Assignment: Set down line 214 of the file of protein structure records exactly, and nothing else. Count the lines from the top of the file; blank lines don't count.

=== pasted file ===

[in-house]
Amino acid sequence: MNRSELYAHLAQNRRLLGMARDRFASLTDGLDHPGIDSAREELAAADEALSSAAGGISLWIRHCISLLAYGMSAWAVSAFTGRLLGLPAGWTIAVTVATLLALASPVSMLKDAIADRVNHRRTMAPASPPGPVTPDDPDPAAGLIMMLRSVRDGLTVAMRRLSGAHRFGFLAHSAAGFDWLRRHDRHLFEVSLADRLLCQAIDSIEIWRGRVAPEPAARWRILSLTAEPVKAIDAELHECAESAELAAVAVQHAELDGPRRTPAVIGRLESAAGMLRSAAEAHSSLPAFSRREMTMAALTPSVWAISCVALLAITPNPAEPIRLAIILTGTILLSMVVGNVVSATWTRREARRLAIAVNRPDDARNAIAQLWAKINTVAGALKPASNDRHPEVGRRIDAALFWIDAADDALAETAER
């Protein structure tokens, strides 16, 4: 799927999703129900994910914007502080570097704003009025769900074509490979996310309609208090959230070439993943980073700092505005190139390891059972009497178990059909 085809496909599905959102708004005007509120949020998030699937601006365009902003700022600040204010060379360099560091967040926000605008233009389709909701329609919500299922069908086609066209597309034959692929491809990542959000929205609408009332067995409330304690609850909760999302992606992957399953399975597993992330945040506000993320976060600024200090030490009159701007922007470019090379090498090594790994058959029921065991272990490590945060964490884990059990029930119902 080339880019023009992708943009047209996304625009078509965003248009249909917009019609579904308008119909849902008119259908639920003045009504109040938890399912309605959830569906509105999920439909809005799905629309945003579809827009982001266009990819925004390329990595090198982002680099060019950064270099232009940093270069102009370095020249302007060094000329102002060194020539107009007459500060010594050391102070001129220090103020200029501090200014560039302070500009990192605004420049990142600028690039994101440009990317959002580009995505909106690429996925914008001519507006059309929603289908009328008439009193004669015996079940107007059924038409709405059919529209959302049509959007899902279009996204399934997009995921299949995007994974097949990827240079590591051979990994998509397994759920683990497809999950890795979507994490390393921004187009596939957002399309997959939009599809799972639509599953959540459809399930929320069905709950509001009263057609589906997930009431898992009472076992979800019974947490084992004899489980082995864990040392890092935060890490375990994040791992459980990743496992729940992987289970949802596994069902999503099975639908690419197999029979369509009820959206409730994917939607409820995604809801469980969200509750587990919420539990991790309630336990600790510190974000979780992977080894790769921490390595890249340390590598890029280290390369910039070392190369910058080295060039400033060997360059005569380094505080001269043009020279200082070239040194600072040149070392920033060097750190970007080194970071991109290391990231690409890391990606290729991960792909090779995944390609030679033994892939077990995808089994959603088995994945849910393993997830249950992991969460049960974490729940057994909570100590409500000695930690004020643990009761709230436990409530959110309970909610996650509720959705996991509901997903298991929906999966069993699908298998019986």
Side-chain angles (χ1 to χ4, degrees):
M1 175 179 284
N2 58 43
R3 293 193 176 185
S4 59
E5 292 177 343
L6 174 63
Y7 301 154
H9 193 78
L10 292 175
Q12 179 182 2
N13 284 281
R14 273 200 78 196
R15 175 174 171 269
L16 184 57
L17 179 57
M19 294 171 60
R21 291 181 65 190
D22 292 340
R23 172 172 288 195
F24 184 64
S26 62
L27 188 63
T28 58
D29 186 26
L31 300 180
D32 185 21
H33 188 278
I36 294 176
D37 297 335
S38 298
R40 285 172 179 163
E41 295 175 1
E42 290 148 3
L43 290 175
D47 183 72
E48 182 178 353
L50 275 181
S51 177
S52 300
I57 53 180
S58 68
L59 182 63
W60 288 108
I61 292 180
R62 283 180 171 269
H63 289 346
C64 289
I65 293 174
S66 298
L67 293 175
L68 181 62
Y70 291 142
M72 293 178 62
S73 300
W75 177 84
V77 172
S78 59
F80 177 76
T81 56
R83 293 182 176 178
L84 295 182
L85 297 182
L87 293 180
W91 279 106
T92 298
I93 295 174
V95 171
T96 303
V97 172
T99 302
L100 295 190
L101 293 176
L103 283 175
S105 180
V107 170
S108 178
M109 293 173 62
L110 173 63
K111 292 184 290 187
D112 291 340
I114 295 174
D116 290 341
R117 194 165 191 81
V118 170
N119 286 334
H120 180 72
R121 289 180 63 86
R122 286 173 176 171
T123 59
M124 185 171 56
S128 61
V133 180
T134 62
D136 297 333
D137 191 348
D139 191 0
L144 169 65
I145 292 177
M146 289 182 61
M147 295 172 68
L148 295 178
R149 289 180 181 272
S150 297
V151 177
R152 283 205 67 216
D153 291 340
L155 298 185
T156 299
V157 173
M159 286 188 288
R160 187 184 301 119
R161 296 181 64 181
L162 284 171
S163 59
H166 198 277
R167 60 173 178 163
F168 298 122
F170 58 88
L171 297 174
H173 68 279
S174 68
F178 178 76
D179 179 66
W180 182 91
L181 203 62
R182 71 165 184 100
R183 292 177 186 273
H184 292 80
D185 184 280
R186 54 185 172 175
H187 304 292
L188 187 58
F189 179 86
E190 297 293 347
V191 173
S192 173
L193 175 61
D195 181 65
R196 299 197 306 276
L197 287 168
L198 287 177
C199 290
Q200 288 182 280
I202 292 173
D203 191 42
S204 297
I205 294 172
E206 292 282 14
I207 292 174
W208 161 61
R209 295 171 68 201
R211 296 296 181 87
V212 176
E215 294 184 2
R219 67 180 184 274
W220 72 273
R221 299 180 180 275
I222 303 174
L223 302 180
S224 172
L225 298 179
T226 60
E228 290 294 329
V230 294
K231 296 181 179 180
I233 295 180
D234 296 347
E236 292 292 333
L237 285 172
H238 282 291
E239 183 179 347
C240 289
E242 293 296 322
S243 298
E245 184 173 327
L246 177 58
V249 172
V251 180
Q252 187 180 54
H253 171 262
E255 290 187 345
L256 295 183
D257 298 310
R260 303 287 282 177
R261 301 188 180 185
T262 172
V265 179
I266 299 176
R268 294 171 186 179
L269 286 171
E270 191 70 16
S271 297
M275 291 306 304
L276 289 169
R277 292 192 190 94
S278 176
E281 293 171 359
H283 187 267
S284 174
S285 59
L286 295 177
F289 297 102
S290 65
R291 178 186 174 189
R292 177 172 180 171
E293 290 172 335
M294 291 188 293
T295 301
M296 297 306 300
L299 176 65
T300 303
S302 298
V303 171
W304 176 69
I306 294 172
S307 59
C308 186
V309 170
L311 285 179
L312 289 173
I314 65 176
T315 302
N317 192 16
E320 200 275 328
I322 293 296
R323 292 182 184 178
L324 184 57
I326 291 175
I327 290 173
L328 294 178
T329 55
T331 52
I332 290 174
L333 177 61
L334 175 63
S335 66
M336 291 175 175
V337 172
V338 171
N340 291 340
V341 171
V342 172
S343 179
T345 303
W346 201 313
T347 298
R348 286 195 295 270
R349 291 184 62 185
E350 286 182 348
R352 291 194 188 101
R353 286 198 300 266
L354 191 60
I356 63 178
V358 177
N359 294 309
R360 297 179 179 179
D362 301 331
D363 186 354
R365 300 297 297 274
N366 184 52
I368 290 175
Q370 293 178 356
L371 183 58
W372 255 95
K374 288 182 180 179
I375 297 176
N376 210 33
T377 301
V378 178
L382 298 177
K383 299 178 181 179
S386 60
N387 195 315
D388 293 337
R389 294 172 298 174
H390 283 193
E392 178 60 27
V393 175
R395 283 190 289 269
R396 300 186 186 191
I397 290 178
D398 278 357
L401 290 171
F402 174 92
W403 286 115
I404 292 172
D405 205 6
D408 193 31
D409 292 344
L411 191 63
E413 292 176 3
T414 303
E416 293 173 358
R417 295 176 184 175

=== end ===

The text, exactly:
L299 176 65